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The bits we rescue and curate from old media, be it by reading paper-tapes or scanning manuals, need to be stored reliably and safely.

The "bitstore" project is our project to build such a facility, at a cost we can afford.

In some senses we are breaking new ground, few if any museums or collections seems to have thought about how programs can be curated and presented, but in many other senses, we can piggy-bag on efforts by the "real" digital collections, such as and The Internet Archive.

Some of the challenges we face are variants of known and analyzed problems.

When we need to translate the character set of an old GIER ALGOL program, it is but a simple case of converting Word Perfect documents to PDF for presentation.

Other places, we may break new ground, for instance by interactively disassembling binary programs with feedback from the user.

Yes, we dream big and there is so much code to hack (and present) and so little time.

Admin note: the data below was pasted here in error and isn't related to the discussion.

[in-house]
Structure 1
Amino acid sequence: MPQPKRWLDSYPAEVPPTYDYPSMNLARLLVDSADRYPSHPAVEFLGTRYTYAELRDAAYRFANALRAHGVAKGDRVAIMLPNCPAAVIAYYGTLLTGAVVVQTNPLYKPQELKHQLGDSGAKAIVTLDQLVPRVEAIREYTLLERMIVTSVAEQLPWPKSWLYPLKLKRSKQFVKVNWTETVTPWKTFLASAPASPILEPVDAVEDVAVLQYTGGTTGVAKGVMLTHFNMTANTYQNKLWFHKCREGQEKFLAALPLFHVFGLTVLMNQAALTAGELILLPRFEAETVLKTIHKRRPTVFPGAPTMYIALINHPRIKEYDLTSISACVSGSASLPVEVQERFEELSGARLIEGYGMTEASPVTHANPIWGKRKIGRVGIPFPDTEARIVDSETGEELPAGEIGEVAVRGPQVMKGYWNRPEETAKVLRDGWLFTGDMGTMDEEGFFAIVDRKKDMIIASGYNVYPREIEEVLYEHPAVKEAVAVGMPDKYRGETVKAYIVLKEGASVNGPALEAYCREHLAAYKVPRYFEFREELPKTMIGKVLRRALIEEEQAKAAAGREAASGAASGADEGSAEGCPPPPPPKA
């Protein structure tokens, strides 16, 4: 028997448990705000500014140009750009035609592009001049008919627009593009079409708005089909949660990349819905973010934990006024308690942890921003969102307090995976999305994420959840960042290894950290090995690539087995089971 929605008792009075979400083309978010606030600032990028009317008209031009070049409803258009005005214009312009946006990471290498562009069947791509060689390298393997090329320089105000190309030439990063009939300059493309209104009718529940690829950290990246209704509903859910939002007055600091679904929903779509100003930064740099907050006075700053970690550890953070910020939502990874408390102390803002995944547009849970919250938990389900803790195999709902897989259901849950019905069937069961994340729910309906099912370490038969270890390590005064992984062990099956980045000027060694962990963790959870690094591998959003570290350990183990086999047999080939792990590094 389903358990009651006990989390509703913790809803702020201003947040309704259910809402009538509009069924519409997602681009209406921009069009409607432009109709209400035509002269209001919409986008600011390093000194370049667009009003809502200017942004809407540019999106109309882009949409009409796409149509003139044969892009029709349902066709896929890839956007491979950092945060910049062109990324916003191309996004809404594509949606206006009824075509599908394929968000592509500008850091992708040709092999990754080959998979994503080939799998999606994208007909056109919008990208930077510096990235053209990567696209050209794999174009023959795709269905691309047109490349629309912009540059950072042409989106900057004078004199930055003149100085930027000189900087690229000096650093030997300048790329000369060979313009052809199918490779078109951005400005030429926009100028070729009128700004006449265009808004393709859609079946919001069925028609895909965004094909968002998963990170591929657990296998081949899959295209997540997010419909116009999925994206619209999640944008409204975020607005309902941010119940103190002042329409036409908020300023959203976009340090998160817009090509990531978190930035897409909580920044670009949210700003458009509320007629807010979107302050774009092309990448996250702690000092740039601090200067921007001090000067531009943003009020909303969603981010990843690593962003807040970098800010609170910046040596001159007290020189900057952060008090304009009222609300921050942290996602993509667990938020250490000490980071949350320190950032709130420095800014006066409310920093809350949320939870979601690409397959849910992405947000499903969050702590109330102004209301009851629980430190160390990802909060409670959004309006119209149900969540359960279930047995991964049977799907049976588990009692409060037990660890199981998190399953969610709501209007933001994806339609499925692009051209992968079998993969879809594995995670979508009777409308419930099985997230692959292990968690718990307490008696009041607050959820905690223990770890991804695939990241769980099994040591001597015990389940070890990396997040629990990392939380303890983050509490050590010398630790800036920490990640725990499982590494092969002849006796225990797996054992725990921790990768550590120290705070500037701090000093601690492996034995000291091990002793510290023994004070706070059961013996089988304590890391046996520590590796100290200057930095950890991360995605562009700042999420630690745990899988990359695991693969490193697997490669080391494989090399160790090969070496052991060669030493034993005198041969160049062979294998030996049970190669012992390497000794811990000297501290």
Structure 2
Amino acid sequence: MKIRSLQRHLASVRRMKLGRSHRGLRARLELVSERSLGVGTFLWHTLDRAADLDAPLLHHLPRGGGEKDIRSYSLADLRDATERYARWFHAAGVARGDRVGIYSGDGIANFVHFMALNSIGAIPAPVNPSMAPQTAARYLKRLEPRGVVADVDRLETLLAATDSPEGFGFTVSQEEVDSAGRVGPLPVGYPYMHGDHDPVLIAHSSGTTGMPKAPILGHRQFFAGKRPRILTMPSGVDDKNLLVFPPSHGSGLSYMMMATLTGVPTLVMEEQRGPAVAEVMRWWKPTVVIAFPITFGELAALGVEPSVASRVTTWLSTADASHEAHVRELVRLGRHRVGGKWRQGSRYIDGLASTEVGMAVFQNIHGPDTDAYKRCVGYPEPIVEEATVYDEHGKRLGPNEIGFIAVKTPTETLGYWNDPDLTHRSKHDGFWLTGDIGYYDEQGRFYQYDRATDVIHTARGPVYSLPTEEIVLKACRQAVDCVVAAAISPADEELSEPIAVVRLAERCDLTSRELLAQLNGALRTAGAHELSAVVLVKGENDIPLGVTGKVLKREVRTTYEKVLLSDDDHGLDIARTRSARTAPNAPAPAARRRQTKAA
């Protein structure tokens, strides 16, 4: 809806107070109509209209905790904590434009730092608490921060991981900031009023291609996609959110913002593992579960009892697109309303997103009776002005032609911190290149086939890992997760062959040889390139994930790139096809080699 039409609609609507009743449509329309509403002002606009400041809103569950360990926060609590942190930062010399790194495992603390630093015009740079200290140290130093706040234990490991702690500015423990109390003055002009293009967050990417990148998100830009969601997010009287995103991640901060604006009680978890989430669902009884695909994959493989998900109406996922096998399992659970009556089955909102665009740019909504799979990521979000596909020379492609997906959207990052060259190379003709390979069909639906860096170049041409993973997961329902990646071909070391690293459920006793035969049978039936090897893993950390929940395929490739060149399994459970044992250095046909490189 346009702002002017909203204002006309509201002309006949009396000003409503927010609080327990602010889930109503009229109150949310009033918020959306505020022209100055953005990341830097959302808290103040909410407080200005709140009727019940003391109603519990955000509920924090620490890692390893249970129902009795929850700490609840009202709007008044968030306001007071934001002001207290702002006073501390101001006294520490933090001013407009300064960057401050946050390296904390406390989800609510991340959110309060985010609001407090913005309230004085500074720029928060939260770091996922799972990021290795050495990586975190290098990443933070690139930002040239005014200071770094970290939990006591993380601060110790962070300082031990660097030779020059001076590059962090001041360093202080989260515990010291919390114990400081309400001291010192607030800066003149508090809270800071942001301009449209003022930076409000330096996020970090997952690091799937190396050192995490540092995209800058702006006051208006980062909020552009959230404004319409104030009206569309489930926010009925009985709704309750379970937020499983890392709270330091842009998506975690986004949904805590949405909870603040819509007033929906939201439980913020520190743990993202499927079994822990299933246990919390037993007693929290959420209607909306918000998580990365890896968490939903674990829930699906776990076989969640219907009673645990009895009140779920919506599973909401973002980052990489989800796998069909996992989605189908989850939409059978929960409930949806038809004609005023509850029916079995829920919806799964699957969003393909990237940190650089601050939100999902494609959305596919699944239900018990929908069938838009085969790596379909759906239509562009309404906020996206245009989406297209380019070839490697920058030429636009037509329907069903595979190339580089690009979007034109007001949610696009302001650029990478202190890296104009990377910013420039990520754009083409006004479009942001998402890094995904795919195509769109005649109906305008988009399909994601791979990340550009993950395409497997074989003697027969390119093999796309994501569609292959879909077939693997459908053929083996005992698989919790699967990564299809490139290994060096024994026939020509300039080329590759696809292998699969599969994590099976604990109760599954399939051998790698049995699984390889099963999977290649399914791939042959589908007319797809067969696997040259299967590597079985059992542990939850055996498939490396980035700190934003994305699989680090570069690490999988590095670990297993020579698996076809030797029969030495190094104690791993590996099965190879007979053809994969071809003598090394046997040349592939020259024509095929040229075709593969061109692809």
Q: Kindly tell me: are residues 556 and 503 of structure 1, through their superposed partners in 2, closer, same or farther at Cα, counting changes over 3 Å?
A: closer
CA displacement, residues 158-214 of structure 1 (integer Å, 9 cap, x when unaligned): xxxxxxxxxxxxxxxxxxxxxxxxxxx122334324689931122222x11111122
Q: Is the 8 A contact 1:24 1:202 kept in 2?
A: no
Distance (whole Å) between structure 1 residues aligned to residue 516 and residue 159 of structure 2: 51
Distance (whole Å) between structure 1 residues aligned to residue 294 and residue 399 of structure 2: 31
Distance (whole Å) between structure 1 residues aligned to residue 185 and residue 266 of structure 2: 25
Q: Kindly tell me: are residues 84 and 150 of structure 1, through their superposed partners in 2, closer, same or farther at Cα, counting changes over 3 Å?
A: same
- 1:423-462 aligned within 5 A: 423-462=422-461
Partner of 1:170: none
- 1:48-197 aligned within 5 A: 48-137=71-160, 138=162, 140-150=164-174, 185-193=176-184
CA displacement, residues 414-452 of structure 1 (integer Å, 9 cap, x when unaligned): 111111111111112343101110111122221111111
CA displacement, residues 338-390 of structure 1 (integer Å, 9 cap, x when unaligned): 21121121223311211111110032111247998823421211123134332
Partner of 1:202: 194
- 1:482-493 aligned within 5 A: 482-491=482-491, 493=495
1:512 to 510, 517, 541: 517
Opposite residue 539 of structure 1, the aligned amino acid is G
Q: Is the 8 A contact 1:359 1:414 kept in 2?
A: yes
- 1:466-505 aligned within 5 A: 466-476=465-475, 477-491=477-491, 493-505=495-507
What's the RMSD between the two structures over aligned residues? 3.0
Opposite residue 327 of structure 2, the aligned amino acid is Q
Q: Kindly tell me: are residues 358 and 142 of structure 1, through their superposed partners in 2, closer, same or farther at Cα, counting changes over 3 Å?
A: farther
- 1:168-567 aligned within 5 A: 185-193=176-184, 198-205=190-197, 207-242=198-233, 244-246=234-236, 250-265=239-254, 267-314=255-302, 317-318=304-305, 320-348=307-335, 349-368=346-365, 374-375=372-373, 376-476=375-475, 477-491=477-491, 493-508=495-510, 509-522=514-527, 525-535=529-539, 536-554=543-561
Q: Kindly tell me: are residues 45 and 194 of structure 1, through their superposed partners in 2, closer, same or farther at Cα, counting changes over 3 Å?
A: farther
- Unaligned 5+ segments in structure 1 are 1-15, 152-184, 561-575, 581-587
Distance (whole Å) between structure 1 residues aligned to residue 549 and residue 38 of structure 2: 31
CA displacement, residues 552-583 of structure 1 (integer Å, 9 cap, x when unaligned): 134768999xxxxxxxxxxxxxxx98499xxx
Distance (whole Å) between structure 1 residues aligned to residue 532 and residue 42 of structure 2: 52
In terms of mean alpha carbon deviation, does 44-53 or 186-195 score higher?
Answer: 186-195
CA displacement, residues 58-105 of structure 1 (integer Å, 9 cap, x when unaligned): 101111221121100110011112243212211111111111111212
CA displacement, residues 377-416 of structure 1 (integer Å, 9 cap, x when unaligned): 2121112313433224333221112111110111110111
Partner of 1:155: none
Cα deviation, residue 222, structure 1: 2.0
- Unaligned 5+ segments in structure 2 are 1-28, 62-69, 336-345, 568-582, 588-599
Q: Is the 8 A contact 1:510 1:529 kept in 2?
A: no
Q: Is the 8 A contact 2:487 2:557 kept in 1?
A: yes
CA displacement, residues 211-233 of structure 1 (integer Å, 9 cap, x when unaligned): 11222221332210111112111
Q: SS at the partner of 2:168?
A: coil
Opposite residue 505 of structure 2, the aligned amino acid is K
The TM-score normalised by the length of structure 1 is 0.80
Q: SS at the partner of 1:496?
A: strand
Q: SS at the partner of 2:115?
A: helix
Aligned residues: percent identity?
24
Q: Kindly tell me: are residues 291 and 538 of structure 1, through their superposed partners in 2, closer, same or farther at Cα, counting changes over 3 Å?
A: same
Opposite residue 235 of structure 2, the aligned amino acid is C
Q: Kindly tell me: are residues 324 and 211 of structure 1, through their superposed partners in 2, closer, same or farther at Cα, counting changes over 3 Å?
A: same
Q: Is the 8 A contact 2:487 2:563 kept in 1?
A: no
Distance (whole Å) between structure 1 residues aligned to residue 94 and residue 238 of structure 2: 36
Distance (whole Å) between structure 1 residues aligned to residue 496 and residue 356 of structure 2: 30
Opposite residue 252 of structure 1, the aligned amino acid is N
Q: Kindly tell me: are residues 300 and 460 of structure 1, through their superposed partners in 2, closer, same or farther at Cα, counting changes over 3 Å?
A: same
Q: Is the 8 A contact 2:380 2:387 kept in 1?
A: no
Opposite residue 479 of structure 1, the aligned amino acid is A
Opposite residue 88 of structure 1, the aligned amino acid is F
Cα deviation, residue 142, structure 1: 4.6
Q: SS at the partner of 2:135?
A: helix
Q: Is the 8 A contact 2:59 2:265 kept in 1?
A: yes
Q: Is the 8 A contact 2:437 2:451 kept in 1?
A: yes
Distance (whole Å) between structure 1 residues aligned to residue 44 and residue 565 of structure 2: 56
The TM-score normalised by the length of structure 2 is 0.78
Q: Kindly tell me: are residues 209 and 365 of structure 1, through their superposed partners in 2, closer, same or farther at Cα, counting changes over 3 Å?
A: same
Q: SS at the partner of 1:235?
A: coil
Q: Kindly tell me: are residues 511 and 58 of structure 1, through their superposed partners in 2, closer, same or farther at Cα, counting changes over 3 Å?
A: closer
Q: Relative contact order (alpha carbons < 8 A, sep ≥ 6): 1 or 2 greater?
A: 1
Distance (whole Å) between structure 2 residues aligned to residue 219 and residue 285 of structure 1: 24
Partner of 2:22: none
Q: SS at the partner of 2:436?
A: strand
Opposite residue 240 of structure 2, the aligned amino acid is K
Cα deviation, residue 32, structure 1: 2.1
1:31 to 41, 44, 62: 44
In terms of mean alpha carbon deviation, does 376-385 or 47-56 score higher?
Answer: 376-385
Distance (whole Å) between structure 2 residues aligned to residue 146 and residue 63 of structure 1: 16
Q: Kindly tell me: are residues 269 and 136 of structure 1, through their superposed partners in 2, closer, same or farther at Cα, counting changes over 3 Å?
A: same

Conceptually, we have partitioned the task into three layers:

Storage and Preservation

We will use the WARC (Web ARChive) fileformat for storage and preservation. Originally a internal format developed by The Internet Archive, it is now an ISO standard (28500) specifically for storing "discovered" bits in a collection.

Metadata and Data-Archeology

Once the bits are safe, we need to find and record the meaning and historical context, the "data-archeology" so to speak. This means capturing and recording the meta-data about the bits. What kind of media, where we got it from and so on.

For metadata, we aim for Dublin Core in some shape or form, but we have yet to fully figure out how one goes about that, in a way which is compatible with a volunteer crew with very limited time in the collection.

Research and Presentation

Research and presentation of historical bits requires transformations, and different transformations for different kinds of bits. We will need to map GIER's IBM typewrite character set to UNICODE to show the ALGOL programs, and we will need to disassemble binary programs for which no source code exists. It will also be nice to be able to refer directly to bits of scanned manuals or even to execute programs in simulators. Some kind of extensible web-based architecture is required.



As of now, this wiki-page is the most tangible part of the project.